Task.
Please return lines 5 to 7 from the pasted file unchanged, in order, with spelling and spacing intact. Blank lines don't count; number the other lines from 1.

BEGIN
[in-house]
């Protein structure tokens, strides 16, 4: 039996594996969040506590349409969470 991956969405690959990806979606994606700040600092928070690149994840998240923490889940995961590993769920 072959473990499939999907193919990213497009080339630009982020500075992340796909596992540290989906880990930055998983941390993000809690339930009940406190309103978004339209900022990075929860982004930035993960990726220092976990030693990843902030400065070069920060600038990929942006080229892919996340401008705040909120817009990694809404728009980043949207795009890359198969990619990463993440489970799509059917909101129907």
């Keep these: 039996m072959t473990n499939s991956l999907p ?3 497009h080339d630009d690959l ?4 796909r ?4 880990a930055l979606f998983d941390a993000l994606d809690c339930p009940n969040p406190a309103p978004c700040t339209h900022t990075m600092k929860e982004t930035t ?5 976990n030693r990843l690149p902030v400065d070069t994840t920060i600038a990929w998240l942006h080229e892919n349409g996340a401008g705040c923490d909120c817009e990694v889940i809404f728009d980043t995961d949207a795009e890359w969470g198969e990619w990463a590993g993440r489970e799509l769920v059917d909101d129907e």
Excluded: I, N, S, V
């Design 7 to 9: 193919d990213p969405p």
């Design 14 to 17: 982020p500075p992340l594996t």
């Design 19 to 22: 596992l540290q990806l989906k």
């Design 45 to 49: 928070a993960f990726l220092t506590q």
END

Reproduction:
């Design 7 to 9: 193919d990213p969405p």
């Design 14 to 17: 982020p500075p992340l594996t």
């Design 19 to 22: 596992l540290q990806l989906k």